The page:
Astronomy Picture Of the Day (APOD)AB Aurigae: How To Make Planets
This enhanced Hubble Space Telescope image shows in remarkable detail the inner portion of the disk of dust and gas surrounding the star AB Aurigae. Knots of material, visible here for the first time...
Orion on Film
Orion, the Hunter, is one of the most easily recognizable constellations in planet Earth's night sky. But Orion's stars and nebulae don't look quite as colorful to the eye as they do in this lovely photograph, taken last month from Vekol Ranch south of Phoenix, Arizona, USA.
X Rays from M83
Bright and beautiful spiral galaxy M83 lies a mere twelve million light-years from Earth, toward the headstrong constellation Hydra. Sweeping spiral arms, prominent in visible light images, lend this galaxy its popular moniker -- the Southern Pinwheel.
Unusual Gullies and Channels on Mars
What could have formed these unusual channels? Inside Newton Basin on Mars, numerous narrow channels run from the top down to the floor. The above picture covers a region spanning about 1500 meters across.
Wisps of the Veil Nebula
These wisps of gas are all that remain visible of a Milky Way star. Many thousands of years ago that star exploded in a supernova leaving the Veil Nebula, pictured above. At the time...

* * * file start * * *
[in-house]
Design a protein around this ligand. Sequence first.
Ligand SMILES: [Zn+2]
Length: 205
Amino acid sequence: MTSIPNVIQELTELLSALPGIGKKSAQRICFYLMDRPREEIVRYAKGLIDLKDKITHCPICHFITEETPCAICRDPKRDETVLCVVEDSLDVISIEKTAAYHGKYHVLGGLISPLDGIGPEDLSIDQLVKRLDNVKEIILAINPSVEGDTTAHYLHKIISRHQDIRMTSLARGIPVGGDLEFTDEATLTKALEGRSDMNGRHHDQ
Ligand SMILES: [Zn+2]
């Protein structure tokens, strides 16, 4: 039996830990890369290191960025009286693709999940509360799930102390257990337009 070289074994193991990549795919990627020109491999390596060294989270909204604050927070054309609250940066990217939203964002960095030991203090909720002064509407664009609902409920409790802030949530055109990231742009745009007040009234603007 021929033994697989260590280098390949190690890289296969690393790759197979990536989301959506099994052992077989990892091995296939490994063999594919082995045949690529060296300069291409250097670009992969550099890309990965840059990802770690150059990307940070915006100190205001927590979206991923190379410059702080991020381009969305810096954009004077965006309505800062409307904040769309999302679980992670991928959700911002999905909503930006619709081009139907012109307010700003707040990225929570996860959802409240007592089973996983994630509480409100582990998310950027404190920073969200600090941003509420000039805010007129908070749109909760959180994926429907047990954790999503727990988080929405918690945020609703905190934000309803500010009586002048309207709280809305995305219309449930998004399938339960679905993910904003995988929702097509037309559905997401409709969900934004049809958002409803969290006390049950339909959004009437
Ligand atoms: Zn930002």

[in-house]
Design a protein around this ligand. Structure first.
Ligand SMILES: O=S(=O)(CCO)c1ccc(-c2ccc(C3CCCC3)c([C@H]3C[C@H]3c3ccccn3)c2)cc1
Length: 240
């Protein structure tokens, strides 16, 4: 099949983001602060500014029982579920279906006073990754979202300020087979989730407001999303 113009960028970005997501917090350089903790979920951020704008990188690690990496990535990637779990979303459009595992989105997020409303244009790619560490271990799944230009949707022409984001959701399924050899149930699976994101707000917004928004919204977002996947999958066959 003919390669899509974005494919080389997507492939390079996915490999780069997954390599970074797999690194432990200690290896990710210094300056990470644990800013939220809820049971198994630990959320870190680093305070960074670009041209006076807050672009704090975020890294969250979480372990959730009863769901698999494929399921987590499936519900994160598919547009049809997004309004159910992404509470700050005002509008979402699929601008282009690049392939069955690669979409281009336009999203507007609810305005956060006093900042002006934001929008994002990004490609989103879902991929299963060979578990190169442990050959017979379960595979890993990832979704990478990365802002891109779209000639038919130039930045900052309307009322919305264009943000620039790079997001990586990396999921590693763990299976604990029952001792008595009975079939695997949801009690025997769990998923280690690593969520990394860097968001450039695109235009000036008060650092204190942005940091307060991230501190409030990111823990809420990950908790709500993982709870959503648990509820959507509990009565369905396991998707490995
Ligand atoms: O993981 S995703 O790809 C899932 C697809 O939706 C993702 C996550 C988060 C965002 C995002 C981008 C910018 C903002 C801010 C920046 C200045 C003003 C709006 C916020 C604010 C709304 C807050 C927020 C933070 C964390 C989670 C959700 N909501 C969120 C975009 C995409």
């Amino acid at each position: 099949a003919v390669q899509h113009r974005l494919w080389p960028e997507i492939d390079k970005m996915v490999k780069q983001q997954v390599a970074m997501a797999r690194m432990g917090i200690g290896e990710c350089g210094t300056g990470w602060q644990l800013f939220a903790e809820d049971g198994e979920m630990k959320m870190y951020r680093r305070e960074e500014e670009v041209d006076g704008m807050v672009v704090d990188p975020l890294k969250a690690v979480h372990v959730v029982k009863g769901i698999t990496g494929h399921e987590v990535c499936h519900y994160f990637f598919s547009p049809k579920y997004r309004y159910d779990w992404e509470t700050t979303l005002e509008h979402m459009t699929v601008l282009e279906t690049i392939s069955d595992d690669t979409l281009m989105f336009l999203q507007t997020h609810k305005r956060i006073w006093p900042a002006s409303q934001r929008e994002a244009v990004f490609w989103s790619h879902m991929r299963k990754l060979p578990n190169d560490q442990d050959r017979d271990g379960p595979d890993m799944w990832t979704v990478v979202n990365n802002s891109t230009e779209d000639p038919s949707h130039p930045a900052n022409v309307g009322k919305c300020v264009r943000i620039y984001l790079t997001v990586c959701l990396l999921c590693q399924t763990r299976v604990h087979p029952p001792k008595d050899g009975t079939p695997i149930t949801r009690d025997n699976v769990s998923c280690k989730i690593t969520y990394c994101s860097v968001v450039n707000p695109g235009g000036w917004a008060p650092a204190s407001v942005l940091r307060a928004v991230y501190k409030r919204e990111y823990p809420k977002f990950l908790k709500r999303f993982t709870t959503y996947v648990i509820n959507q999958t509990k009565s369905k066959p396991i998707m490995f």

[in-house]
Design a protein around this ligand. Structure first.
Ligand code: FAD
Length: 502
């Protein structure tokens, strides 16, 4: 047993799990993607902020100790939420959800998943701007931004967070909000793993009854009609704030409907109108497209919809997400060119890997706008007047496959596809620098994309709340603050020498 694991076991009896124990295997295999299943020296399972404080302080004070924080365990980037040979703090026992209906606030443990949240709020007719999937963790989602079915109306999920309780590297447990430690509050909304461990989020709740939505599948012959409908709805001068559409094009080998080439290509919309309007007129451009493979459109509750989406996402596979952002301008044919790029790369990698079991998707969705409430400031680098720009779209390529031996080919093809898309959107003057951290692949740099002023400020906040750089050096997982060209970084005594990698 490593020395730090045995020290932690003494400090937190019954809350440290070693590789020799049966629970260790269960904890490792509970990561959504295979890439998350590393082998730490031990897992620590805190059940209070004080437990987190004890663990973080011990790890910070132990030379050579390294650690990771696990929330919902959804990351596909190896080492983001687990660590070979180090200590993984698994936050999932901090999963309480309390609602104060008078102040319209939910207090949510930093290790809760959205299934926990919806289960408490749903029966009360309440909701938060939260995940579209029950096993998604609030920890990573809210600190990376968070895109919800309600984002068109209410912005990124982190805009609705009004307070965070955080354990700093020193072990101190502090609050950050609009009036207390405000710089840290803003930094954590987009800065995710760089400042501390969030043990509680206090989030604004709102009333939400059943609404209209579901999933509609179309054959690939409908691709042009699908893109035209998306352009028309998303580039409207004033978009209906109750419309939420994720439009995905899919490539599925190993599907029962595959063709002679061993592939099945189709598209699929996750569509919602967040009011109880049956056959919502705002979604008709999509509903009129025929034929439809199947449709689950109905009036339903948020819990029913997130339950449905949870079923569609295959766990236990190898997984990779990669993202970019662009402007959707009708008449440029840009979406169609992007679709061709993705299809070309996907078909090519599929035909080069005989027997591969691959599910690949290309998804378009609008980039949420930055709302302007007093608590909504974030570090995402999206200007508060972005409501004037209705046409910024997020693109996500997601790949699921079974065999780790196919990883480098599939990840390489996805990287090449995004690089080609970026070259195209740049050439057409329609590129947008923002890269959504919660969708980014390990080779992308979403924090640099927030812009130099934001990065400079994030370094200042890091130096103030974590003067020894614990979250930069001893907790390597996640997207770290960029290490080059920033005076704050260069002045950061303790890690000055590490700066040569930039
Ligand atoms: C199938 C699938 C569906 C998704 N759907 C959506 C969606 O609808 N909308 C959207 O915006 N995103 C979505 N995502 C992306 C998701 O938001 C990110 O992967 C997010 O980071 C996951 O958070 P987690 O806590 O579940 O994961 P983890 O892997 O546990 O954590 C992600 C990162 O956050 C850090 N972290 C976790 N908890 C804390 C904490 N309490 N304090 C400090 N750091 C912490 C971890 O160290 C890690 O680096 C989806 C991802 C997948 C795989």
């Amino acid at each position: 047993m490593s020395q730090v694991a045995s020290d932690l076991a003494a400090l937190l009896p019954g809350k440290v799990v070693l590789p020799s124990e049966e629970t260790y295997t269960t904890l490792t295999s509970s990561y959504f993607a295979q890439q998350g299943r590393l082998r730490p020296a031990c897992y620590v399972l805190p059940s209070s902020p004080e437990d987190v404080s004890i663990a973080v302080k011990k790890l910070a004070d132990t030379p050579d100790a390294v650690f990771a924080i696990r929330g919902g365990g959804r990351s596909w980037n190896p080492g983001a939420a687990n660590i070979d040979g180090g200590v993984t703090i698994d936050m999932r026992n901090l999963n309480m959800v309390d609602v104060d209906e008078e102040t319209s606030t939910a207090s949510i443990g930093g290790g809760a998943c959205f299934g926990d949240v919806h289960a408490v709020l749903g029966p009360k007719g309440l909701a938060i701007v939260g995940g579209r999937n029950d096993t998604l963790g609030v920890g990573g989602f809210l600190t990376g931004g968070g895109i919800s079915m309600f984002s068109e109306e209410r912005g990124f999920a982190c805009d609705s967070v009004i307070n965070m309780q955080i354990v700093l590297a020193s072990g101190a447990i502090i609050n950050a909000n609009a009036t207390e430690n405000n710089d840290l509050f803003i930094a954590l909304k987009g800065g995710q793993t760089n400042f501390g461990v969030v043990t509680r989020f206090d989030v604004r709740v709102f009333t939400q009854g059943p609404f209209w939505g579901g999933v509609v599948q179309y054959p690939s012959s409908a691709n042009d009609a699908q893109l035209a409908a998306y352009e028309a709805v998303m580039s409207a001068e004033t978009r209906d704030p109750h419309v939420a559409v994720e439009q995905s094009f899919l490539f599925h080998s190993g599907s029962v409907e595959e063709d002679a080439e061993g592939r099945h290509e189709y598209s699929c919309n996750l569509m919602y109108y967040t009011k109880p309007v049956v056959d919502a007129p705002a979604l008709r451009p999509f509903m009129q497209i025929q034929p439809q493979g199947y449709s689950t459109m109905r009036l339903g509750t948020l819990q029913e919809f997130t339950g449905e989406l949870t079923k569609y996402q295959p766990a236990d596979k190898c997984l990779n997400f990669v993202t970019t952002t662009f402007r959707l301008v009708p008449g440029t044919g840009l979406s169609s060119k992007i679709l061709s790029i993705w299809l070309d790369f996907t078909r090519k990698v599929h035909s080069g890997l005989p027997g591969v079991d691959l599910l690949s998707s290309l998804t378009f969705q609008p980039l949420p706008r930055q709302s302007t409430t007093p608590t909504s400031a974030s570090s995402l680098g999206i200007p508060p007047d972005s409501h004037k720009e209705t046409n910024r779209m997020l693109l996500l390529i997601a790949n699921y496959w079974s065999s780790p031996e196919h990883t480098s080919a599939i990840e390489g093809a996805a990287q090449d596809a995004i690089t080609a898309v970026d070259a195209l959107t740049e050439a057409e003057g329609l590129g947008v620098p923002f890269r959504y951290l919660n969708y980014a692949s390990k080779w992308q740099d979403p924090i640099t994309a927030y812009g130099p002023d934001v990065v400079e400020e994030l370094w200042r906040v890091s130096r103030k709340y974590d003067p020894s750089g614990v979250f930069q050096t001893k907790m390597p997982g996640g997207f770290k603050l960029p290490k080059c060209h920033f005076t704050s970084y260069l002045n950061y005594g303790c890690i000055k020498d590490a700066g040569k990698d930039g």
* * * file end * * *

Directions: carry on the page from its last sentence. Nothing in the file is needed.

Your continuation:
Space Shuttle and Crew Lost During ReEntry
Saturday morning, the Space Shuttle Columbia broke up during re-entry. Pictured above is the seven-member crew that was lost. True space pioneers, they were, left to right, David M. Brown, Rick D. Husband, Laurel B. Clark, Kalpana Chawla, Michael P. Anderson, William C. McCool, and Ilan Ramon.
Molecular Cloud Barnard 68
Where did all the stars go? What used to be considered a hole in the sky is now known to astronomers as a dark molecular cloud. Here, a high concentration of dust and molecular gas absorb practically all the visible light emitted from background stars.
The Nebula And The Neutron Star
The lonely RX J1856.5-3754 was formed from the collapsed core of an exploding star. At a distance of 180 light-years it is the closest known neutron star. More massive than...
Auroral Rocket Launch
In this striking image, a rocket climbs skyward toward an expansive green auroral display in the first launch of 2003 from the University of Alaska's Poker Flat Research Range. Recorded on January 27th...
Comet Kudo-Fujikawa: Days in the Sun
Cruising through the inner Solar System, new Comet Kudo-Fujikawa reached perihelion, its closest approach to the Sun, yesterday, January 29. Passing within 28.4 million kilometers of the Sun, this comet came much closer than innermost planet Mercury basking only 57.9 million kilometers from our parent star.